Pause for a Cause A 100 g ball is dropped from a height of h = 2.00 m above the floor. It rebounds vertically to a height of h'= 1.50 m after colliding with the floor. (a) Find the momentum of the ball immediately before it collides with the floor and immediately after it rebounds, (b) Determine the average force exerted by the floor on the ball. Assume that the time interval of the collision is 0.01 seconds.

Stopping Distance Highway safety engineers use the impulse-momentum theorem to determine stopping distances. Example Two identical trucks both traveling at the same speed Truck 1 is carrying a load of bricks doubling the mass of the truck. Therefore the mathematical expression for this would be Truck 1 = 2(Truck 2) Or double the momentum Truck 1: stopping distance is double Truck 2 Truck 1: stopping time is double Truck 2

Pause for a Cause A 2240 kg car traveling to the west slows down uniformly from 20.0 m/s to 5.00 m/s. How long does it take the car to decelerate if the force on the car is N to the east? How far does the car travel during the deceleration? Unknown: Δt = ? Δx = ? m = 2240 kg vi = 20.0 m/s to the west, vi = −20.0 m/s vf = 5.00 m/s to the west, vf = −5.00 m/s F = 8410 N to the east, F = N = 4.00s = 4.00s

Pause for a Cause = -50.0 m = or 50.0 m to the west
A 2240 kg car traveling to the west slows down uniformly from 20.0 m/s to 5.00 m/s. How long does it take the car to decelerate if the force on the car is N to the east? How far does the car travel during the deceleration? Unknown: Δt = ? Δx = ? m = 2240 kg vi = 20.0 m/s to the west, vi = −20.0 m/s vf = 5.00 m/s to the west, vf = −5.00 m/s F = 8410 N to the east, F = N Practice C = m = or 50.0 m to the west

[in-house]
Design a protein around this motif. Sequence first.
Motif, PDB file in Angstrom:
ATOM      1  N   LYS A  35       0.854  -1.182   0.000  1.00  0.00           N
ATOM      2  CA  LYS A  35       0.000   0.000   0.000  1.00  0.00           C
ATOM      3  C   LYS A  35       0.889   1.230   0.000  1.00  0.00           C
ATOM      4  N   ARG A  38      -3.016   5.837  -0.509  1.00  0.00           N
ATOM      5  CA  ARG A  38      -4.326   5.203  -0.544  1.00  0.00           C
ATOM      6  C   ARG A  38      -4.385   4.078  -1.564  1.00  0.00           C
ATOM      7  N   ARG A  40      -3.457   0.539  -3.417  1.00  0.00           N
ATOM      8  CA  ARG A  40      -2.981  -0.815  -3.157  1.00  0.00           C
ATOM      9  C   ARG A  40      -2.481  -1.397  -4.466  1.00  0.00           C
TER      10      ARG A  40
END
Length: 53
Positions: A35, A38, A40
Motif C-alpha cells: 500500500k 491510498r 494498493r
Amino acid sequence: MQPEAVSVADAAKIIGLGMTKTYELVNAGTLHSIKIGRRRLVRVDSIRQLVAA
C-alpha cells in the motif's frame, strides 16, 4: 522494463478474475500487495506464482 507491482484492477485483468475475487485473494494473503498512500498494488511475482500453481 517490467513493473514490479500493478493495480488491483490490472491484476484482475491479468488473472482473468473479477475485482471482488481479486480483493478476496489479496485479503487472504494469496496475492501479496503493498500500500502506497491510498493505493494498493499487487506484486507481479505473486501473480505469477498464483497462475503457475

Impulse is the Area In real life the force on an object is rarely constant. Since I=Ft, Impulse is the AREA of a Force vs. Time graph.

Topics to be covered Momentum & Impulse Linear momentum
Conservation of Momentum Momentum is conserved Elastic and Inelastic Collisions Collisions Elastic Collisions

Momentum is Conserved Ball A has velocity, ball B is sitting still
After the collision ball A has transferred 97% of it’s momentum to ball b.

Conservation of Momentum
For an isolated system, the law of conservation of momentum can be stated as follows: The total momentum of all objects interacting with one another remains constant regardless of the nature of the forces between the objects.

Pause for a Cause = -4.2 to the right
A 76 kg boater, initially at rest in a stationary 45 kg boat, steps out of the boat and onto the dock. If the boater moves out of the boat with a velocity of 2.5 m/s to the right, what is the final velocity of the boat? Given: m1 = 76 kg m2 = 45 kg v1,i = 0 v2,i = 0 v1,f = 2.5 m/s to the right Unknown: v2,f = ? Practice D = -4.2 to the right